Thursday, February 24, 2011

Bursting The Lower Education Bubble

What is going on in Wisconsin is the bursting of the lower education bubble. You heard it here first.

Welcome Instapundit readers.


Michael said...

Sounds catchy, what does it mean?

Chuck said...

Gee. 80 grand a year with 14 weeks of paid vacation?

And they're complaining about what they're being paid? What a bunch of scumbags.

Quayle said...

How many unemployed engineers could easily teach lower-education math.

Thousands. (Except for the unexplainable requirement that they have a masters in education - a nifty barrier to entry into teaching.)

Steve said...

Absolutely!!! My son had trouble with a geometry topic yesterday - I showed him the Kahn Academy website and he watched three videos around the topic.

It was probably at least as well done as his high school teacher did - and better hours.

Faster Please!! :)

Rich said...

Hey you know teaching is like a closed union shop, you have to have a relative or something like an education degree to get in. In NJ the alternate route to teaching is not! if you did not go the ed degree route your chances of getting a job in a public school is slim to none.

Steve said...

Come on down to Tennessee and teach, my friends! Now, you'll be "unionized" if you teach in the large Metro systems, but in the rural systems we have less than 50% participation in the unions. Of course, unlike our compatriots in the heavily unionized North, we pay 20/80 on our healthcare and make half the salary (try $40K instead of the mid-80's.)
Still sound appealing - then read on! One point you need to remember is that many of your "customers" are not interested in your lesson and will do everything in their (considerable) "rights" to disrupt your classroom. You, however, usually can only fill out reams of paperwork on them in the hopes that weeks down the road they'll get called in for a consultation. It's hard to really get mad at 'em, though, because sometimes it's tough being a teen with parents on meth and your own problems to tend to... but hey, you may get a better demographic so don't let that hold you back! After you figure out how, you'll find the classrooms can be managed, but I didn't want you to think it was as simple as standing at a board lecturing to throngs of admiring students in rapt attention, lol! No Master's needed, just make the requisite scores on the Praxis (Natl. Teacher Exam). In fact, you don't have to have a degree in Education, you can had a BS in Mathematics like I do and still teach. So come on down to Tennessee and teach, but don't lump me and many of my coworkers in with that crew in Wisconsin. We'll probably take it poorly.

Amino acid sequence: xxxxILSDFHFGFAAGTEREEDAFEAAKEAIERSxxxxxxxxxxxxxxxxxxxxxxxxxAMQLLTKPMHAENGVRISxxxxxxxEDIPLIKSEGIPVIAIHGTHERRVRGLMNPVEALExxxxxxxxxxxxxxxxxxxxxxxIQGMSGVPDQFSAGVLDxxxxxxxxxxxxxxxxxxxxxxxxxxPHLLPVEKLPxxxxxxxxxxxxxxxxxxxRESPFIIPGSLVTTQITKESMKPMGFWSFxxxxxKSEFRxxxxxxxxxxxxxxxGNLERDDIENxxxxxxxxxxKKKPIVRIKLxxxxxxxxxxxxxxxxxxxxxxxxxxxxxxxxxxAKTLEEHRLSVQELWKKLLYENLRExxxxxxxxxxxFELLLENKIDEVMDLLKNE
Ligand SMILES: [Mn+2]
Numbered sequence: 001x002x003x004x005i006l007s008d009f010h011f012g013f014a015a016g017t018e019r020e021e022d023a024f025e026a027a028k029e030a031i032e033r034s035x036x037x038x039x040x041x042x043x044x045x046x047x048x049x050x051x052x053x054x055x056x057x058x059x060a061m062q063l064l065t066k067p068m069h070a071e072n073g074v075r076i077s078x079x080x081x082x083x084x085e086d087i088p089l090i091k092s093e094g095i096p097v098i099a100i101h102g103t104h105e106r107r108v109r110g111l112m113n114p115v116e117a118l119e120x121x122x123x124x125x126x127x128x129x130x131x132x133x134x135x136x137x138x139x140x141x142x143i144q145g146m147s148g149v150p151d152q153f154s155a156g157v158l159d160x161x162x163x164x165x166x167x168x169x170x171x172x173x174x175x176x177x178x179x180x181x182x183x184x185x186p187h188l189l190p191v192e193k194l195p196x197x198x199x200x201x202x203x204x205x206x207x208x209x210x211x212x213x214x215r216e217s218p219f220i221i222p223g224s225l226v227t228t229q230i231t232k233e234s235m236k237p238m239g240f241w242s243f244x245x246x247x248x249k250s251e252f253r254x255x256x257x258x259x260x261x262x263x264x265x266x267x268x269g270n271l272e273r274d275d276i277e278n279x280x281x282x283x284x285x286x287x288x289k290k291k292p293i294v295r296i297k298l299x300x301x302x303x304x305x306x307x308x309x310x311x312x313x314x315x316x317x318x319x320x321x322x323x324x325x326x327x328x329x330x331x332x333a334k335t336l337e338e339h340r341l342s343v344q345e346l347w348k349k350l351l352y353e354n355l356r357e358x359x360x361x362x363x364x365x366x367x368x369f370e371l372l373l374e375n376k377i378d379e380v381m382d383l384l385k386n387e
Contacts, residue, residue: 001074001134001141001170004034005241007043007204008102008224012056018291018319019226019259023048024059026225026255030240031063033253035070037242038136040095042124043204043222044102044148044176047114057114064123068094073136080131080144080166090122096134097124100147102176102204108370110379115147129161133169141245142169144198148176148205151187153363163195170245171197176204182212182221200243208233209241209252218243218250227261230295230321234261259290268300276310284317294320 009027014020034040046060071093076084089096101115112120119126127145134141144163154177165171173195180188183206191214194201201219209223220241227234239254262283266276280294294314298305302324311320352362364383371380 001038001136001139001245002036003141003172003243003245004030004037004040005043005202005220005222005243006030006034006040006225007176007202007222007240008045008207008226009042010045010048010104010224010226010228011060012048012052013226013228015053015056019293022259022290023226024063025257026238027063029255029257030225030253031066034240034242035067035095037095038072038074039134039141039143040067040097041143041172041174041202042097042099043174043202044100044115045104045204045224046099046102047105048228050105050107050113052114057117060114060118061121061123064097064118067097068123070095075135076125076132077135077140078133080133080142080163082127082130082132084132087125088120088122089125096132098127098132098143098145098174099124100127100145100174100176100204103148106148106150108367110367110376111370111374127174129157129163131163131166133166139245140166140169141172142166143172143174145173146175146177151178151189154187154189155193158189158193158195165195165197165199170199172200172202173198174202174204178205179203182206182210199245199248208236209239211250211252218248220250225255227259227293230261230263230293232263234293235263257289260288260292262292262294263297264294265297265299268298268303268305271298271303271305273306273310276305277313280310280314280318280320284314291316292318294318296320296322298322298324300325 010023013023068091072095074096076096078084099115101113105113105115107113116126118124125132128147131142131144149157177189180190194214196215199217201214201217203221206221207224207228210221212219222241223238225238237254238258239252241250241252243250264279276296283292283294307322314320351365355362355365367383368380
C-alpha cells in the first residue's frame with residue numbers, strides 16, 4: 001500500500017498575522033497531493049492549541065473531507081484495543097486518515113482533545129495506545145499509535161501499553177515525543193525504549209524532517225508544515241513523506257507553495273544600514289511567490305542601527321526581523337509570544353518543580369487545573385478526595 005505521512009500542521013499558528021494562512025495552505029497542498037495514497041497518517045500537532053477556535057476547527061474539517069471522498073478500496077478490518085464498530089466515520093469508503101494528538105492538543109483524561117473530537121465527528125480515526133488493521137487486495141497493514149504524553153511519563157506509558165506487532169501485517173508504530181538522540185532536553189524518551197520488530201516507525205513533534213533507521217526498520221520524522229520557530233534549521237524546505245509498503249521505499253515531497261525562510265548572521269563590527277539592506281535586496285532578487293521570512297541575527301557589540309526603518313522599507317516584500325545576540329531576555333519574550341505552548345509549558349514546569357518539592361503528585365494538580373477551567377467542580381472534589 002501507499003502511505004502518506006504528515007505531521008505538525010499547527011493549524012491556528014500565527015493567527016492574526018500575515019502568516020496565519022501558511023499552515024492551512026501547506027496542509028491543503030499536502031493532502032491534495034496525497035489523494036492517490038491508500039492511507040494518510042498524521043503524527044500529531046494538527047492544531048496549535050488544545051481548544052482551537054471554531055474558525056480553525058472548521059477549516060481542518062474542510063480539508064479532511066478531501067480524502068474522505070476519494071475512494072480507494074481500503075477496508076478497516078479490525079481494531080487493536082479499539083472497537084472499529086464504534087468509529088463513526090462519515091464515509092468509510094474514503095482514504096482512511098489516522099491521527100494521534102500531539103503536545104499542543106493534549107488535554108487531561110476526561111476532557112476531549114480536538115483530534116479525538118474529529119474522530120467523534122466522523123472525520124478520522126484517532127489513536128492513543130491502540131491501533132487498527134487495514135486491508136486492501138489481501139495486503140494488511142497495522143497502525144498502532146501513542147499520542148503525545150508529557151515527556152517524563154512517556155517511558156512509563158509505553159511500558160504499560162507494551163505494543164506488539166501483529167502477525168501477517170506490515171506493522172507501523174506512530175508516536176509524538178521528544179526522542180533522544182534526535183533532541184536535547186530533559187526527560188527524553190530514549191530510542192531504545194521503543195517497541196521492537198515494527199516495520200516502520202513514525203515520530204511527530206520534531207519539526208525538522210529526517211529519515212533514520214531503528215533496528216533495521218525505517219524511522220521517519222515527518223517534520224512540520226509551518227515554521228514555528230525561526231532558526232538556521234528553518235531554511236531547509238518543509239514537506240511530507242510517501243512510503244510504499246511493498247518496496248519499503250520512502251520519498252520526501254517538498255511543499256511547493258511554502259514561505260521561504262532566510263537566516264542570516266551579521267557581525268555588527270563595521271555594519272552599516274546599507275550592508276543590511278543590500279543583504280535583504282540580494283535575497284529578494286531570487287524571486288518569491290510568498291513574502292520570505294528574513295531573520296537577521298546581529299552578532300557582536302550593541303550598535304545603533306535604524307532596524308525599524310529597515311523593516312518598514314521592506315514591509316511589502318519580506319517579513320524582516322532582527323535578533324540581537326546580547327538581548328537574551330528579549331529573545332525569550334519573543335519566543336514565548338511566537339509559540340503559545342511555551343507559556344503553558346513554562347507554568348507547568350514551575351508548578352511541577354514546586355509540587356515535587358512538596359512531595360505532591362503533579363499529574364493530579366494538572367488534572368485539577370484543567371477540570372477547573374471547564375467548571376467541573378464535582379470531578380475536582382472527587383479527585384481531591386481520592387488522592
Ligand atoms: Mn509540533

ps. I personally am hoping for the day with the current educational system collapses under it's own weight. Maybe then we can create a system that produces engineers, tradesmen, and scientists - "doers' and "makers"... instead of what we have now - students for life that don't have the know-how to change a flat tire much less rebuild a lawnmower engine or fix a leaky pipe.

Milwaukee said...

Steve: I used to teach high school math. Yes, the system is going to collapse. Algebra I credit is based on using an Algebra textbook, and 180 days of 50 minutes a day. It is not necessarily about learning the material, which it should be. When my son was on the high school tennis team, he noticed that on days of tennis meets, when he missed his physics class and had to read the book, he understood the material better than when he was in class for the lecture. Do you know know teachers spell change?

cha cha cha cha cha change?

M. Simon said...


If the kids are not interested in learning then we could get the same results with much lower paid teachers.